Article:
Multiline Strings

Florian Bösch pyalot at
Sat Mar 8 09:30:51 PST 2014

On Sat, Mar 8, 2014 at 6:10 PM, John Barton <johnjbarton at> wrote:

> You may like to take a look at how the traceur compiler (
> works. It allows one to write
> code like
>     var statement = parseStatement `${result}[${index}++] =
> ${expression};`;
> where the ${} syntax surrounds variables from the caller that are
> substituted into the string.  In our case the result 'statement' is an AST
> but it could source code just as well. And source maps work fine for our
> code. Well as fine a source maps ever work ;-)

That's a fine approach, and I'm not against preprocessing in any flavor if
that's your cup-o-tea. The problem rather is that one explicit usecase of
multiline strings (aka templates) is to make it easier to write DSLs. But
if you write DSLs and embedd the strings in your JS source somewhere,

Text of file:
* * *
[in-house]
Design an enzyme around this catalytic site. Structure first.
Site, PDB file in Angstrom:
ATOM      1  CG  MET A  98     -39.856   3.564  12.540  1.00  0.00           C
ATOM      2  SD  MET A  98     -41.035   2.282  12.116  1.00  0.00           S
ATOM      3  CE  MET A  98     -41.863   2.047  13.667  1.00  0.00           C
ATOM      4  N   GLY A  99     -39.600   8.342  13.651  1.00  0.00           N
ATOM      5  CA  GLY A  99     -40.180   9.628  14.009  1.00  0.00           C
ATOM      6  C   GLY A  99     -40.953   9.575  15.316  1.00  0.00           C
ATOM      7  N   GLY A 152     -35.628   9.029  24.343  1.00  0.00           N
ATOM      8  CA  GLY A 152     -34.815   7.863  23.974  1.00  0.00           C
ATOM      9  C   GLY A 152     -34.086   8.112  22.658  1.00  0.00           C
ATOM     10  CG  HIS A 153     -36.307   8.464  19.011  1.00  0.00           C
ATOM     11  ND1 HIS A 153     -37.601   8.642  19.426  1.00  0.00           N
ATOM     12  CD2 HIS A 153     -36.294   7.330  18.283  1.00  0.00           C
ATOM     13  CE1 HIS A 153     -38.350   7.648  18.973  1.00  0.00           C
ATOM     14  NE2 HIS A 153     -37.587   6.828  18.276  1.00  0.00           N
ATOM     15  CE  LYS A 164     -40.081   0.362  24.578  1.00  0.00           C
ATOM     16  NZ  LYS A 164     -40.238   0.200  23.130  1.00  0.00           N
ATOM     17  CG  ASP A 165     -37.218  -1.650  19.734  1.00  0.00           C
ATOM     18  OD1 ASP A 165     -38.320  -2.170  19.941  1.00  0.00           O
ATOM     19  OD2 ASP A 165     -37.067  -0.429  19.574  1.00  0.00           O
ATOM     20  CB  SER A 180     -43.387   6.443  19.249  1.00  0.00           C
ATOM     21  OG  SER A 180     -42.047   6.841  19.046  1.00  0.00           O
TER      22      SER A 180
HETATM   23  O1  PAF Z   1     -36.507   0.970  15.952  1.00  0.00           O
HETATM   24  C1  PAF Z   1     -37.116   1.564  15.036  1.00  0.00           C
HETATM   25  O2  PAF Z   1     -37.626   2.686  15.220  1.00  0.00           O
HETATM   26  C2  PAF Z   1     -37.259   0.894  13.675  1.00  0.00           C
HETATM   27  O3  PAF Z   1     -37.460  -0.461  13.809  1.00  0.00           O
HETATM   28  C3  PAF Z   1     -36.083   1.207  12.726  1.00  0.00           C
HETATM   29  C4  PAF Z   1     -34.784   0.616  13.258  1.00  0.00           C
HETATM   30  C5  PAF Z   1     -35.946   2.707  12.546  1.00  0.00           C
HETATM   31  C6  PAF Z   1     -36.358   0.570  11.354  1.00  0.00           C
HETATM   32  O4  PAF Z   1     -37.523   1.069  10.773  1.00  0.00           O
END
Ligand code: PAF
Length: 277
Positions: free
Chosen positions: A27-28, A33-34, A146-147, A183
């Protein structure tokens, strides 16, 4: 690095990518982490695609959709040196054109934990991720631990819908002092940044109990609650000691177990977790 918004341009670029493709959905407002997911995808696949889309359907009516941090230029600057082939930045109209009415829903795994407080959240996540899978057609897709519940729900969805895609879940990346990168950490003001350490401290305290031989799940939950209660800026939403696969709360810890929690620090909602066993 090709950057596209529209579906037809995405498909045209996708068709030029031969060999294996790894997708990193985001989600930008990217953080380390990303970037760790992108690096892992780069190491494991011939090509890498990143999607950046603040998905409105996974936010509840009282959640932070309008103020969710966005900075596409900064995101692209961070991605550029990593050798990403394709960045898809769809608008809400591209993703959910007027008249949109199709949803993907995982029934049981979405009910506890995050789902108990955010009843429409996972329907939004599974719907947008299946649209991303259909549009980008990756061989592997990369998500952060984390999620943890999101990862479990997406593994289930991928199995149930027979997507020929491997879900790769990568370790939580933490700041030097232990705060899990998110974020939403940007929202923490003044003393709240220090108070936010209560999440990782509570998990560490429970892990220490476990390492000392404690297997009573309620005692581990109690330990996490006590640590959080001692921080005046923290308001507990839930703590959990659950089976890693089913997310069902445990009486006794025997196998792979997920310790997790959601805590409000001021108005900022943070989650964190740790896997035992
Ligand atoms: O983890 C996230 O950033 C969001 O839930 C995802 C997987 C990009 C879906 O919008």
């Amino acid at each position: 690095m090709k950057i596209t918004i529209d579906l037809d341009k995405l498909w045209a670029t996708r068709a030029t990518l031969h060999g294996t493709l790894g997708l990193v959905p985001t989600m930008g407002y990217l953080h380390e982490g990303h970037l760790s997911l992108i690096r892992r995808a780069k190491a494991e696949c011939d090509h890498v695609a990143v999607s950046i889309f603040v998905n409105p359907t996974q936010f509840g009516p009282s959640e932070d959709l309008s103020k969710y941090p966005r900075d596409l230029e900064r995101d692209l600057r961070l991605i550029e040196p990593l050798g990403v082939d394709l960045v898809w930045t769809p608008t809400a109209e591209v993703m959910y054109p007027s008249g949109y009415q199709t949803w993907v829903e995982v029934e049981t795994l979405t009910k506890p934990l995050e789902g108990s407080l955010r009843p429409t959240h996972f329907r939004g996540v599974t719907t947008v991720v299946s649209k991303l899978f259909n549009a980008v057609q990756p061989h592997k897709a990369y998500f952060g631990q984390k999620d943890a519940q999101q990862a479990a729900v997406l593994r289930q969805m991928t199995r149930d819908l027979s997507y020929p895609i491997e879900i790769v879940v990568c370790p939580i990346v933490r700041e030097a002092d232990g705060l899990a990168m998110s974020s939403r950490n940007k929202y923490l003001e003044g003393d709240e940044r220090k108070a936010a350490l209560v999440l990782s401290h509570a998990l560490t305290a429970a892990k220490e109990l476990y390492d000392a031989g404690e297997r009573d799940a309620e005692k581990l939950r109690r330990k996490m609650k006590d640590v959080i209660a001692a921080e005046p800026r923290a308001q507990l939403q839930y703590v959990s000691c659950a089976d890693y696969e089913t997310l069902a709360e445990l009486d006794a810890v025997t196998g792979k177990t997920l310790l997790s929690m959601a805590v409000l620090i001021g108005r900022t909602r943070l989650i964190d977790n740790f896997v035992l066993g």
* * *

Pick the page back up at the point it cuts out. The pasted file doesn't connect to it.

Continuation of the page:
you're gonna have to deal with debugging of any kind.

For example, WebGL implementations return errors strings like these:

ERROR: 0:1: 'foobar' : syntax error

You can imagine that being confronted with a string like that, out of
thousands of shader code lines in your application, isn't very useful.
You'll also realize that, not all errors can actually be detected with a

In order to make this a useful piece of error message, you'll need to
translate whatever WebGL throws back at you, to a sourceline and filename.
And unless you instrumented this beforehand with a preprocessor, you're not
gonna get it.

So my question is this, is everybody happy with the state of affairs that a
preprocessor is the only viable way to use templates/multiline strings for
DSLs, or am I the only one who thinks that could somehow be better?
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